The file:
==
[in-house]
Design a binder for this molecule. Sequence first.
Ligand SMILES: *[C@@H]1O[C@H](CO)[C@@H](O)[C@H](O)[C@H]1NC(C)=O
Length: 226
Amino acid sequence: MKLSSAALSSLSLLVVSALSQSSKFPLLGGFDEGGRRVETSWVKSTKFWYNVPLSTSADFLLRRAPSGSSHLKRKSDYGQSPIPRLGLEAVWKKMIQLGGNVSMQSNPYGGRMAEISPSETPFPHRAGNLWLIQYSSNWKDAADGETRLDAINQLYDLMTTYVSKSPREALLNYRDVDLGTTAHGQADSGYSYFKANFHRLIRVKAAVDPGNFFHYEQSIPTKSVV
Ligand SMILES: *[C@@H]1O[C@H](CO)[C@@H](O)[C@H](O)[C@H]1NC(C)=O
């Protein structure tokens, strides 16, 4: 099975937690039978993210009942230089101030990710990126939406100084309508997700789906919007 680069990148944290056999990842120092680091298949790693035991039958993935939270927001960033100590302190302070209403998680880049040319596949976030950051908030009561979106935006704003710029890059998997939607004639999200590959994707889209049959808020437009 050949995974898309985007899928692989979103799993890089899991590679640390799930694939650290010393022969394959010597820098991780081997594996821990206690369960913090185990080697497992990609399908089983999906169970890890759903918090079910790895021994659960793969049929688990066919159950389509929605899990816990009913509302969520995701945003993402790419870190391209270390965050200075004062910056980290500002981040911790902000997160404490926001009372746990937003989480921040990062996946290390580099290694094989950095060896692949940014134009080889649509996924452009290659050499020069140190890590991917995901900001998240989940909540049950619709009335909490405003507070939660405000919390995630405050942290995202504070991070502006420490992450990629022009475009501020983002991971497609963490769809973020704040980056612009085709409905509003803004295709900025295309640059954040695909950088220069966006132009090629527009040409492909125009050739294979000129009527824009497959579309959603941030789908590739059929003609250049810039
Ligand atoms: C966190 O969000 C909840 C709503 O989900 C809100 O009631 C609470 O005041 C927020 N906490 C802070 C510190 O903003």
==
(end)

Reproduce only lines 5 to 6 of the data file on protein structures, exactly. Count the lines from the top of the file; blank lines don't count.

Amino acid sequence: MKLSSAALSSLSLLVVSALSQSSKFPLLGGFDEGGRRVETSWVKSTKFWYNVPLSTSADFLLRRAPSGSSHLKRKSDYGQSPIPRLGLEAVWKKMIQLGGNVSMQSNPYGGRMAEISPSETPFPHRAGNLWLIQYSSNWKDAADGETRLDAINQLYDLMTTYVSKSPREALLNYRDVDLGTTAHGQADSGYSYFKANFHRLIRVKAAVDPGNFFHYEQSIPTKSVV
Ligand SMILES: *[C@@H]1O[C@H](CO)[C@@H](O)[C@H](O)[C@H]1NC(C)=O